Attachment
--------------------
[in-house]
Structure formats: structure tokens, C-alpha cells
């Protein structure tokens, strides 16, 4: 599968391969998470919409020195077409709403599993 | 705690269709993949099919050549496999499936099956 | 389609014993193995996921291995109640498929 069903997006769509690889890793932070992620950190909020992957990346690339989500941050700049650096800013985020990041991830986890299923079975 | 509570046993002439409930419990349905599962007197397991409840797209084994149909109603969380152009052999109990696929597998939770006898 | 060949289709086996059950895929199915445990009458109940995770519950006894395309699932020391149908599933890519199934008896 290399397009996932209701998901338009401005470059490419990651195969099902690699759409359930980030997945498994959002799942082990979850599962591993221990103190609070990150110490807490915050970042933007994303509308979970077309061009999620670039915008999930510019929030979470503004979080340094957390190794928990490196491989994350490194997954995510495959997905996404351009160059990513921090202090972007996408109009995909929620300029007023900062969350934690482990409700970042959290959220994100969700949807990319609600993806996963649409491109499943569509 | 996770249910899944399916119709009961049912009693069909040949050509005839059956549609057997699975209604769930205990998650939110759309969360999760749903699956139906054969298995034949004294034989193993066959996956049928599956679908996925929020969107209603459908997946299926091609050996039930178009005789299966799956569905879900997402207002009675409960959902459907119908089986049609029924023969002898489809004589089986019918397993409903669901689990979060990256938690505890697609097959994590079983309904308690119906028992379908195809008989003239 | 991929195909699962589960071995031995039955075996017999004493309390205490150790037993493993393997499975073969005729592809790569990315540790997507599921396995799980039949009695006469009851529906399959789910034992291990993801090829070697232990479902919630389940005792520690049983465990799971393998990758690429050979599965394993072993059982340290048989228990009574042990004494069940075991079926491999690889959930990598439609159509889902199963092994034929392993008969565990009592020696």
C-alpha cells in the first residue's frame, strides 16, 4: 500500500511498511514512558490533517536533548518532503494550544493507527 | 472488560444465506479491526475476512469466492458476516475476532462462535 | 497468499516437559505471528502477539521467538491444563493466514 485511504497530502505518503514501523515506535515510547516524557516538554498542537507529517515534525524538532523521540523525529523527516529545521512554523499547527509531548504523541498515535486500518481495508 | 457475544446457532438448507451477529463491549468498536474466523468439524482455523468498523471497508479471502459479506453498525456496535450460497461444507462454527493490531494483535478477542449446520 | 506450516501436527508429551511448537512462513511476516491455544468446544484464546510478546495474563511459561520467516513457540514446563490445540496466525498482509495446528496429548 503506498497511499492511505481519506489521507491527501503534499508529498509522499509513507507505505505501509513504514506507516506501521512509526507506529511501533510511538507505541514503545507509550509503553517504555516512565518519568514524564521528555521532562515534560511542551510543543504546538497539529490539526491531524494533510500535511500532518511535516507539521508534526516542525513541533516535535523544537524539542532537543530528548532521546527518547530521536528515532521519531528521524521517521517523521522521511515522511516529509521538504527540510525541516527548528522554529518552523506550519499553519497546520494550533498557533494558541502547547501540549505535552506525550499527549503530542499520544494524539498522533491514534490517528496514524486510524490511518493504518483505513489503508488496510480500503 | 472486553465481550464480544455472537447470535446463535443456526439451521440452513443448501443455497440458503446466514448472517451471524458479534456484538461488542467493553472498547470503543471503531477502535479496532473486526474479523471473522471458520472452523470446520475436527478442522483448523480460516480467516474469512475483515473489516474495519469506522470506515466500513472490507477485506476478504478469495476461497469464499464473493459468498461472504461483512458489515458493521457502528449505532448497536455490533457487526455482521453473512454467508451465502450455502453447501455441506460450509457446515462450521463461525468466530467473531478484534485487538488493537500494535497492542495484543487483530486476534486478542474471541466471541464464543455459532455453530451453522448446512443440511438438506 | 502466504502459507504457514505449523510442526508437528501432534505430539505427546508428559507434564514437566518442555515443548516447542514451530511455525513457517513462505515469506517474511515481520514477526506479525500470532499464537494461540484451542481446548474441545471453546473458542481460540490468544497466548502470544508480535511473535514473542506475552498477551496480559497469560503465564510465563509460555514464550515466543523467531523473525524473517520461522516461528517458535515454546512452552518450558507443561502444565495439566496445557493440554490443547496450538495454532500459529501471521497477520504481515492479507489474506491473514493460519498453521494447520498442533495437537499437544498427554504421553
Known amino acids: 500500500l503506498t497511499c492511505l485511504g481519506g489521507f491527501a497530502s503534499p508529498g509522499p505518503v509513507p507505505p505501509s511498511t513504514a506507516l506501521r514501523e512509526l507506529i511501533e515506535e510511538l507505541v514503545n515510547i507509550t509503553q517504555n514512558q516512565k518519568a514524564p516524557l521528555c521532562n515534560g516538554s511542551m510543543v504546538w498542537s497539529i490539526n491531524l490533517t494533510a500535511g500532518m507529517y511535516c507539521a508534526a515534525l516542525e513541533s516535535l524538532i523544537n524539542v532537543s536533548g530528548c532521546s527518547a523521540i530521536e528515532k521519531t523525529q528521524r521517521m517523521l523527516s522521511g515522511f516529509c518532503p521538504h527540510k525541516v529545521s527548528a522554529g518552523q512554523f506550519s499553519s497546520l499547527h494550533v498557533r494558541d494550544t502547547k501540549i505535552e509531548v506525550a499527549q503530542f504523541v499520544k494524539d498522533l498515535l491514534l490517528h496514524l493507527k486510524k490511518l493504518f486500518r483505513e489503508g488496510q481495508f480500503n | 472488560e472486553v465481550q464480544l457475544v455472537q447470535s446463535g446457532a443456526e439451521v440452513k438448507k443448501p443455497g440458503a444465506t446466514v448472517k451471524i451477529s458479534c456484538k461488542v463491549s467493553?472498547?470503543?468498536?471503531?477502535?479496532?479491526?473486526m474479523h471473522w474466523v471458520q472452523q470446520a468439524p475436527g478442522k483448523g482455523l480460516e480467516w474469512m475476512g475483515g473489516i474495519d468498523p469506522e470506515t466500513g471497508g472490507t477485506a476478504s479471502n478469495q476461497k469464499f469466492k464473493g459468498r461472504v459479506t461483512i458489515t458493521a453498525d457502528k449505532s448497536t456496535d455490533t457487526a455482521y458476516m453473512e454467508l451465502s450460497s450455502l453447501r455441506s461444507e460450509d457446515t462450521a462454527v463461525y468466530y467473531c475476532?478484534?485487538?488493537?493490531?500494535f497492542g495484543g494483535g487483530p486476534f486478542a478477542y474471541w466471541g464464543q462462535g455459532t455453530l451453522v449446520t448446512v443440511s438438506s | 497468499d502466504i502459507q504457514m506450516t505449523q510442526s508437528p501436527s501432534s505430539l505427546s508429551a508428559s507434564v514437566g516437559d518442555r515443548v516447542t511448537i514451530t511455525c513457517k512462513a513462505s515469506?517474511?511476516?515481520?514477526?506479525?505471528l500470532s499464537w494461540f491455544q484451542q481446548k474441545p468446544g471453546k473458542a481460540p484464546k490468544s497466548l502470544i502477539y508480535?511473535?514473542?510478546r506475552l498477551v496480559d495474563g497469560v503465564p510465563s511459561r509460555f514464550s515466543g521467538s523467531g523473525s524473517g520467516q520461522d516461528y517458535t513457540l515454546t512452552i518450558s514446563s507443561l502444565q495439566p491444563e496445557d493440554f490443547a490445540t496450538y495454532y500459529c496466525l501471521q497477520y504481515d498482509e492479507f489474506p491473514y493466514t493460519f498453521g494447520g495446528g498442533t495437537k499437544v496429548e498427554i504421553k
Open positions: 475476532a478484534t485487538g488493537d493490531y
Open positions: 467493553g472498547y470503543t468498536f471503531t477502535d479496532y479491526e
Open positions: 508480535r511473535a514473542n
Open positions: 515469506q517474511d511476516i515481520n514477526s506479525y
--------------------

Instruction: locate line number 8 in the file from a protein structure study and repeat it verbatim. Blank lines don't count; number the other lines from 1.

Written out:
Open positions: 508480535r511473535a514473542n